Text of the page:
• Posted on: 09/26/2018

    What’s Dunkin’ without Donuts in its name?

    Donuts will increasingly decrease as a part of their total revenue. The term had to go. Management has a new vision. We can surmise their average sale will increase dramatically over the next couple years as they shed the <$.99 lead category.
  • Posted on: 09/10/2018

    It’s no more ‘burn, baby, burn’ for Burberry

    Destroying product is part of the luxury myth. It’s not wasteful if you understand luxury. After all, luxury is about emotion, exclusivity and brand. Burberry is particularly sensitive. Here’s a blurb from The Telegraph, Nov 28, 2004: Burberry, the luxury goods group, has seen a sharp decline in UK sales due to the popularity of its trademark camel check among so-called 'chavs', a pejorative term for a low-income social group obsessed with brand names, cheap jewellery and football.” True luxury brands subscribe to pillars of luxury which include scarcity, craftsmanship, heritage and provenance. Each pillar is consistent with caring about our world politically and ecologically. They generally live above the fray because graciousness is inherent in how they see the world. Lastly, it’s still a business. Executives in luxury don’t like to destroy product any more than an executive in mass. However, the opposite risks destroying their brand.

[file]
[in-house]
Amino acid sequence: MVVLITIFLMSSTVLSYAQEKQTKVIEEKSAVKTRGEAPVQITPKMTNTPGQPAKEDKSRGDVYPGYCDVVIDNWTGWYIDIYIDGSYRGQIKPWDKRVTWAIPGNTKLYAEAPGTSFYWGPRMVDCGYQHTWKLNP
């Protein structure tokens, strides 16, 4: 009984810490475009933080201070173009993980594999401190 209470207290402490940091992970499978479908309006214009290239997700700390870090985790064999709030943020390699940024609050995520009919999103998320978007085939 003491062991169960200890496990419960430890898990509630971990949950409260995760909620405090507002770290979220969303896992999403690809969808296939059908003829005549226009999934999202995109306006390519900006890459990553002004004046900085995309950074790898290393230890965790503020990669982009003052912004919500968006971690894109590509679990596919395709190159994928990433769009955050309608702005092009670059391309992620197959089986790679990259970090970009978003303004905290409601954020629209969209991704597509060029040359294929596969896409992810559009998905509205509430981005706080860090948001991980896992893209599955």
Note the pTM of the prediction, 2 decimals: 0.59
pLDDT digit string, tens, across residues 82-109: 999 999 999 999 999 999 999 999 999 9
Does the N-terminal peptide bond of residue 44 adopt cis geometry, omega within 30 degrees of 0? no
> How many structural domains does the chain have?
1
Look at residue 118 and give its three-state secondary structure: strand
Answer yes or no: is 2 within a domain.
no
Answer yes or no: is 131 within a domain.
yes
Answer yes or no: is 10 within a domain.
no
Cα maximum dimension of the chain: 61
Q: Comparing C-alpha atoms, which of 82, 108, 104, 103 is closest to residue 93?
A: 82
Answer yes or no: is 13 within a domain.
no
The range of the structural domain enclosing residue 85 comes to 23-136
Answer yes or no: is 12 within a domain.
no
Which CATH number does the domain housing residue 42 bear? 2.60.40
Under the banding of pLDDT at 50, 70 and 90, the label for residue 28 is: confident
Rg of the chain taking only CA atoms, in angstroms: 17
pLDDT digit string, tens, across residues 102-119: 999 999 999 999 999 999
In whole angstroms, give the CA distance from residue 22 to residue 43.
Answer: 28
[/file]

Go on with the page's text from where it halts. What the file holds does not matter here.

Contact Christopher P.